HOW TO PLANT IN SANDY SOILS

Planting may seem like a simple affair, and it is... but there's a few basics you need to know if you want to transform gutless sand into decent soil which is able to cope with our harsh Perth summers.

WHAT YOU NEED:  

Soil conditioner, worm castings or home made compost.

Clay Soil amendment  such as Sand Remedy, Soil Solver or Sand to Soil - these products come in bags and are available at all good garden centres or online.

 Water.

 Seaweed liquid - ie Eco C Weed, No Frills Seaweed Extract, Seasol etc

 Fertiliser - we like to use No Frills Fertiliser, Seamungus, Grow Safe Home Gardener or Eco Prime Plus. These natural fertilisers contribute to the microbial soil life which helps keep your plant and soil healthy. 

 Mulch - Always use a chunky mulch like coco peat mulch, pinebark, or even better, use recycled street prunings. Ensure the street prunings are not from a tree suffering from dieback or buy composted tree prunings.

Directions:

1. Soak your plant in a bucket of seaweed solution to prevent transplant shock and encourage root growth, waiting until any air bubbles are gone.

2. Dig a hole 2-3 times as wide as your plant pot and 5cm deeper. Preparing a wide hole is very important as this is where the feeder roots are. Place this dug out soil in a bucket or wheelbarrow. This is your planting mix.

3. Into the planting mix, add 1 part soil conditioner to 3 parts soil. Mix  a handful or two of clay soil amendment, add water and combine until you have a chocolatey loam like soil structure with even water penetration throughout. Add more clay soil amendment if it's still a little non wetting. 

5. Put a handful of this improved soil mix into the hole, then place plant on top. Ensure that the top of your plant is at flush with ground soil level, with no roots exposed.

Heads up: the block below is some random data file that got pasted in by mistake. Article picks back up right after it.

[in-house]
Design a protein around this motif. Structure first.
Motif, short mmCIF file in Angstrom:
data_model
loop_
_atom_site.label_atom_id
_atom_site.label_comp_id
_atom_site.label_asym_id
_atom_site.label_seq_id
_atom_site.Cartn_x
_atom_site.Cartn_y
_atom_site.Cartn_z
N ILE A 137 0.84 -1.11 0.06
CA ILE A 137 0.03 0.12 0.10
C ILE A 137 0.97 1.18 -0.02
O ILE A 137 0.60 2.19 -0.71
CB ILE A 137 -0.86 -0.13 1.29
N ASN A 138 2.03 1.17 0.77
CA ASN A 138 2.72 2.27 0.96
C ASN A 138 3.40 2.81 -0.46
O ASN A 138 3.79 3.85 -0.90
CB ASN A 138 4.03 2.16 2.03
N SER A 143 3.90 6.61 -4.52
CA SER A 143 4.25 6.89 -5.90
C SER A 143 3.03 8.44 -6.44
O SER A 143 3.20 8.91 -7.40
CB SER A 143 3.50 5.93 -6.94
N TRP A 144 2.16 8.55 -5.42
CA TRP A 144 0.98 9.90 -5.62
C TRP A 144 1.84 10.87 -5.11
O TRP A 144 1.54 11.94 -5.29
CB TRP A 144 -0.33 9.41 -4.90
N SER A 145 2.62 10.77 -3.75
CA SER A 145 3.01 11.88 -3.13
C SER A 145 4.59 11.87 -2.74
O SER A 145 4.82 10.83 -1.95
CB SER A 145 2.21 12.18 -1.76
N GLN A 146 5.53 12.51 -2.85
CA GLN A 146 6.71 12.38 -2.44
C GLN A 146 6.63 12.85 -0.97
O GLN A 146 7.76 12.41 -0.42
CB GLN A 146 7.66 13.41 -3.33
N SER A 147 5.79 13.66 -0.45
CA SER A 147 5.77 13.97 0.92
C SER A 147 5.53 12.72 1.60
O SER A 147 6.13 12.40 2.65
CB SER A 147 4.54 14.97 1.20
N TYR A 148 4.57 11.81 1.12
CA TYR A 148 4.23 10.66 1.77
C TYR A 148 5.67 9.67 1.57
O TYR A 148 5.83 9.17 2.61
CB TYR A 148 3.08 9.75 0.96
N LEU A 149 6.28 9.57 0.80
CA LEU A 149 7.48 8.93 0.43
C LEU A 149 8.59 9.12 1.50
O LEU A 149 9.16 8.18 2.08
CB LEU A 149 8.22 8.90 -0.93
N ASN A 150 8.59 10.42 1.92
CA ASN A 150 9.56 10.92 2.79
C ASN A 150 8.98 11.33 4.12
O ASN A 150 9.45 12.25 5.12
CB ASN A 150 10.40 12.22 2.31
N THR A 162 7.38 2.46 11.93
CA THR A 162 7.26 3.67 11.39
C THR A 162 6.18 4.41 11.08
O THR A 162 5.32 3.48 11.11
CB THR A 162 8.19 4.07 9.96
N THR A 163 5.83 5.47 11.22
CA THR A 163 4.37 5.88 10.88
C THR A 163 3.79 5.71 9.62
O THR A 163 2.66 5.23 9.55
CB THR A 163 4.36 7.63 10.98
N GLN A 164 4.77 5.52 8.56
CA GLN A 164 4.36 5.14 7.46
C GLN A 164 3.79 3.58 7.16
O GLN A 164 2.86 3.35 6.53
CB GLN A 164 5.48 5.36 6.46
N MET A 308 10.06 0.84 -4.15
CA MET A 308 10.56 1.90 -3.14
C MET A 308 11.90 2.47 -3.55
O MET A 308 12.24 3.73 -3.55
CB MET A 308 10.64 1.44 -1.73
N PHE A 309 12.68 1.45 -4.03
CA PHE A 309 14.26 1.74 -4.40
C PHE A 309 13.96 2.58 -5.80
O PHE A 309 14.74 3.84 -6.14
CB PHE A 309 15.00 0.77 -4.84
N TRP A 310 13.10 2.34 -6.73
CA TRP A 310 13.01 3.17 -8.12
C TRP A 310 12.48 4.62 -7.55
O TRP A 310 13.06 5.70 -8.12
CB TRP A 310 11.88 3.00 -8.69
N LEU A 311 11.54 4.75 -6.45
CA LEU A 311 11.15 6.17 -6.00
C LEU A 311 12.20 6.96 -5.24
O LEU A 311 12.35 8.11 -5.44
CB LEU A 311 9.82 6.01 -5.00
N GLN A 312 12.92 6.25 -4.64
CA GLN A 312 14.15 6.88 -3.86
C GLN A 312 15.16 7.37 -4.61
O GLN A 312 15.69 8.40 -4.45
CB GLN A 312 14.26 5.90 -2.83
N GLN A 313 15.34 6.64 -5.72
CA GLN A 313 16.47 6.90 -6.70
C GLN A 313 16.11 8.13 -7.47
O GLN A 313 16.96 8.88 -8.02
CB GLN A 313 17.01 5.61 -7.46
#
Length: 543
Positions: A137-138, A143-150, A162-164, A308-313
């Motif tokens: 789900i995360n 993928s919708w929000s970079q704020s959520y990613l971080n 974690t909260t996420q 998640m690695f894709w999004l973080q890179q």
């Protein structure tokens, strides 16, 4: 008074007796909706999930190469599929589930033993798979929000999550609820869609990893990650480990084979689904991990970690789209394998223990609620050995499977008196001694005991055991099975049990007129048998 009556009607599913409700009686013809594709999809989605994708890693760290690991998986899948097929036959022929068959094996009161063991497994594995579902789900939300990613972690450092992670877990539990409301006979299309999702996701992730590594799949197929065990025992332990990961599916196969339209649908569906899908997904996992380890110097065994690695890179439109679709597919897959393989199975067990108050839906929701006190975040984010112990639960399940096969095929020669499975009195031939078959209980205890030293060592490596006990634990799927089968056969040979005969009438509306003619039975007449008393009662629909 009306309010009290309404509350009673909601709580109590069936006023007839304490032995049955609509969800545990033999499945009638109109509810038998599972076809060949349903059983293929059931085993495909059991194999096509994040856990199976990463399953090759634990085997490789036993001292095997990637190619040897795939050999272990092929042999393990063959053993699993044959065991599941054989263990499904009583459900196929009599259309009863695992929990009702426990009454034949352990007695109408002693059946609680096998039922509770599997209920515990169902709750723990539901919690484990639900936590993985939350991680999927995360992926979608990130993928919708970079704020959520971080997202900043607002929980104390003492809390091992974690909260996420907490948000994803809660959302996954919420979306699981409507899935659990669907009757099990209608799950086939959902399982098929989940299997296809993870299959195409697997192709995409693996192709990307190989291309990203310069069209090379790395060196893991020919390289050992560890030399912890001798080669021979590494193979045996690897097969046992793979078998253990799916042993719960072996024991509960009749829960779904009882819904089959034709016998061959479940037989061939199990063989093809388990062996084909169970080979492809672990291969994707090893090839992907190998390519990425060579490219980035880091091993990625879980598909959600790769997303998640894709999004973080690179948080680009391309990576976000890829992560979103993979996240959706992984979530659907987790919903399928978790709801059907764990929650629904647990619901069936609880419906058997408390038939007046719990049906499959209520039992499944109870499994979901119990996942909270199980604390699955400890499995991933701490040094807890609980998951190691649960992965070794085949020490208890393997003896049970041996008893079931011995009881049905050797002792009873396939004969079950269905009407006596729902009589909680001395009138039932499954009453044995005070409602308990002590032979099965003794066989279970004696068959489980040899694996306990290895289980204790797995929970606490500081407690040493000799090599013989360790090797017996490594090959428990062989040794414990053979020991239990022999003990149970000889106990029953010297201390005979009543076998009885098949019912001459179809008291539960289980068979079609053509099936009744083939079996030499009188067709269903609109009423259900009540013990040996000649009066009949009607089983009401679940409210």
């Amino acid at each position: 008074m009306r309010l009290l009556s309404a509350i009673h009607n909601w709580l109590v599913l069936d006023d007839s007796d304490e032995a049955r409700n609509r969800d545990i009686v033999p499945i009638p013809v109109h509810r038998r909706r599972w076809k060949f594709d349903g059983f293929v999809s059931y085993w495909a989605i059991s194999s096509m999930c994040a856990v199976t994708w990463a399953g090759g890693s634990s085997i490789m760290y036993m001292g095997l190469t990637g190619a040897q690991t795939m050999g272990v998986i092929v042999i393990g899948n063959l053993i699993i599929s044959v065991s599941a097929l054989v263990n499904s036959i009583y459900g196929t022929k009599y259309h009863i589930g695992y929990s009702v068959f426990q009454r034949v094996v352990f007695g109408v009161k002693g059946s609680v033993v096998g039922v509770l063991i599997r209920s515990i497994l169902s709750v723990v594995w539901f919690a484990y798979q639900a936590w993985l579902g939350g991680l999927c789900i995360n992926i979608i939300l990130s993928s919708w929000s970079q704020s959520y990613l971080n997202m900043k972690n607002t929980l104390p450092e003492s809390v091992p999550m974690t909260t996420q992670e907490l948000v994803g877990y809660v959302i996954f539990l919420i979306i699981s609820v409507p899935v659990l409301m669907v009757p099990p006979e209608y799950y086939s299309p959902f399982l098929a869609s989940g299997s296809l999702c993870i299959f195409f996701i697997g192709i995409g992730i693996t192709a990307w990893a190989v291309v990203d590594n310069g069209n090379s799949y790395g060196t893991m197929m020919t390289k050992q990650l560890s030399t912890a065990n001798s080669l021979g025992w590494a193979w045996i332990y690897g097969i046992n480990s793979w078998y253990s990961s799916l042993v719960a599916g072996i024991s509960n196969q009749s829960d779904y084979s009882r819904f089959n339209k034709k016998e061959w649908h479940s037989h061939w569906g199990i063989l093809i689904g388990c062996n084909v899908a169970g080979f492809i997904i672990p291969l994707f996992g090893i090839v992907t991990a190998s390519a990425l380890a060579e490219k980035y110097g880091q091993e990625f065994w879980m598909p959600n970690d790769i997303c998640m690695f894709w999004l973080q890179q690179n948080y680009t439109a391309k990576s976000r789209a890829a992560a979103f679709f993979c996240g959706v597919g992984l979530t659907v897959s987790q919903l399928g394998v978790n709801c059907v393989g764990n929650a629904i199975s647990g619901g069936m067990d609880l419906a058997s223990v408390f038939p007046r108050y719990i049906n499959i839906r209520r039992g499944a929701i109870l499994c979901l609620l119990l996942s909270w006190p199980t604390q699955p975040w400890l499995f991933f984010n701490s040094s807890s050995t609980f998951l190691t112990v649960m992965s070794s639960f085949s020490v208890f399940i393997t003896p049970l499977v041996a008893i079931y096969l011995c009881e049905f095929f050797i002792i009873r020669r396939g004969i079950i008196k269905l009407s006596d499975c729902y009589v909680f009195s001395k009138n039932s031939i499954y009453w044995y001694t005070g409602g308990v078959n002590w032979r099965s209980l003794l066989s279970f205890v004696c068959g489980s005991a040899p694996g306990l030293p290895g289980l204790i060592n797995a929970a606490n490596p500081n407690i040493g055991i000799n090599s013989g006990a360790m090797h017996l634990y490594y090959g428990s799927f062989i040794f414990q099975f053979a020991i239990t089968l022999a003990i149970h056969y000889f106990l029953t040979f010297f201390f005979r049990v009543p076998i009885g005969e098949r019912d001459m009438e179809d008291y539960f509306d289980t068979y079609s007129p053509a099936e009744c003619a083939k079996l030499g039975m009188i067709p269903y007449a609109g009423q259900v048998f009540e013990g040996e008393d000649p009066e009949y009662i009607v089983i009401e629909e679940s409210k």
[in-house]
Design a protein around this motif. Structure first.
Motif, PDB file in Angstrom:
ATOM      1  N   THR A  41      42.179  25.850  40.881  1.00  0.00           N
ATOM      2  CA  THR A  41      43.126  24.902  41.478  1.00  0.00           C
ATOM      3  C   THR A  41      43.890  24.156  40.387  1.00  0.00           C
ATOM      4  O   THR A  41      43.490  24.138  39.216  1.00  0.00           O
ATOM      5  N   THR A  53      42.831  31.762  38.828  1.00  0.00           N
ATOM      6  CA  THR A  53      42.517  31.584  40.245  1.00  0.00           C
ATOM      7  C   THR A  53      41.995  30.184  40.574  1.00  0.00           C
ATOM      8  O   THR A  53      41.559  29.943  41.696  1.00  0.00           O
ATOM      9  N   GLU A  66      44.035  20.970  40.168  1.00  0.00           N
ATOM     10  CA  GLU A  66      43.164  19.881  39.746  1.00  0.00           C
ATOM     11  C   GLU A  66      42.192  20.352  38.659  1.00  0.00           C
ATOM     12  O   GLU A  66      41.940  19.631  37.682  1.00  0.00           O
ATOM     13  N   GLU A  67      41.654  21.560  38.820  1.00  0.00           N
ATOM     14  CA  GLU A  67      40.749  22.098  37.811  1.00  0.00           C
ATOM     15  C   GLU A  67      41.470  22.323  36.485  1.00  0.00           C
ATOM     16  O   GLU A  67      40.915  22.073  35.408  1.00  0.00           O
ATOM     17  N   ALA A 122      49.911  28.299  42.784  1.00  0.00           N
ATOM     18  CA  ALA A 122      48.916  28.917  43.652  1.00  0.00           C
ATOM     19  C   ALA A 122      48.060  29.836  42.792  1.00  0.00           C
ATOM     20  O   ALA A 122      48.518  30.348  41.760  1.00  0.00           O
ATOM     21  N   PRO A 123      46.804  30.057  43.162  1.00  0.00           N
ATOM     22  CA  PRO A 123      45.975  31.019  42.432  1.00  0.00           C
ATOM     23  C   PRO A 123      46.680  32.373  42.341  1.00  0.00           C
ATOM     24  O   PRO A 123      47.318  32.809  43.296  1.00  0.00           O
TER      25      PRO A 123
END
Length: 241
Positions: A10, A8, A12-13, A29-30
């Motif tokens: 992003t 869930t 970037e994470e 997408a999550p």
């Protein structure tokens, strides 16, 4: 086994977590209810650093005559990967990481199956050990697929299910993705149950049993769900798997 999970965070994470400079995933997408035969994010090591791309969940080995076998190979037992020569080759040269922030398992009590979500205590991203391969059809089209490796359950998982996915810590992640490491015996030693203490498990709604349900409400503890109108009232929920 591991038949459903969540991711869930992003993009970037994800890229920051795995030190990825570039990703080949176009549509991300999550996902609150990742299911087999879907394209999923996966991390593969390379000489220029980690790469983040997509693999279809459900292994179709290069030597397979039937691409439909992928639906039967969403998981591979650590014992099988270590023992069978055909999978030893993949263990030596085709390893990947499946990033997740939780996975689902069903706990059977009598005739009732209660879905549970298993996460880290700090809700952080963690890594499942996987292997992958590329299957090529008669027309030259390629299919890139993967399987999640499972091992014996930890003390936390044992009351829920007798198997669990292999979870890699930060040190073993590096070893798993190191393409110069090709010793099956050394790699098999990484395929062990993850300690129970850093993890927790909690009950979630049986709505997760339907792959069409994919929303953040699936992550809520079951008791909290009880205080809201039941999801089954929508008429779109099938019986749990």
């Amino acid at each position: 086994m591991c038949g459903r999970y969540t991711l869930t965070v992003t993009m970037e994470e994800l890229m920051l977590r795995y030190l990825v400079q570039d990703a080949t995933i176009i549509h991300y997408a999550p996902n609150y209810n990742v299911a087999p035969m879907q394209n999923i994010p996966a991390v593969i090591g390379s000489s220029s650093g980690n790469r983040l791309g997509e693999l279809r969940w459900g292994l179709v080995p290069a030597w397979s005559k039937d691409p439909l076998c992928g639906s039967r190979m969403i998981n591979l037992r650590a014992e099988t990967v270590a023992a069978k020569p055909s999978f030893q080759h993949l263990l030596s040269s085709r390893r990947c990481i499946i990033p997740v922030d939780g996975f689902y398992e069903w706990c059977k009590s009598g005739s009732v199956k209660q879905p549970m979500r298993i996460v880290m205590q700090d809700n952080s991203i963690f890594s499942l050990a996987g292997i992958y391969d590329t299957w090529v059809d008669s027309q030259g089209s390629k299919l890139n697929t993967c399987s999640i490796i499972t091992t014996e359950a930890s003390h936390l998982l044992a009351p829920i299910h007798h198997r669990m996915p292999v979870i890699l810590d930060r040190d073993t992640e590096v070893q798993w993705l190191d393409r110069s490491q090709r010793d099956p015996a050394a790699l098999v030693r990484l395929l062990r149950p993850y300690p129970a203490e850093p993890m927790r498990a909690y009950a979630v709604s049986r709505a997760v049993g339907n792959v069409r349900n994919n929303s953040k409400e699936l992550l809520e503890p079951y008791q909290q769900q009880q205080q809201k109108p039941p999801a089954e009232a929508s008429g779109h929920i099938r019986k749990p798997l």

6. Backfill with more planting mix in the hole around the plant, gently tamping down soil with fingers, ensuring the soil and root ball of the plant make direct contact. There must be no air pockets. Water again. 

7. Apply fertiliser and water in plant slowly and deeply.

8. Mulch plant away from stem to avoid collar rot. 75mm depth is ideal. Avoid using jungle mulch jarrah/peat blend mulches as their fine particle size makes non wetting soil worse. The peat content tends to actually absorb water so it doesn't go down to plant roots.

9. Well done, all finished - enjoy your plant!

 

HINT - most hoze nozzle attachments deliver inadequate sized water droplets which encourage shallow watering. Invest in a Dramm watering wand or use your finger on the hose to deliver better water pressure and deeper watering. Funnily enough, in garden centres, the most important job -  watering - is usually given to the most inexperienced person. Most people do not hand water deeply enough. A good practice is to water a plant, then water another one and then return again to water the first plant. 

CALL US NOW for a free chat on how we can transform your garden!

GARDEN DEVA 0423 385 568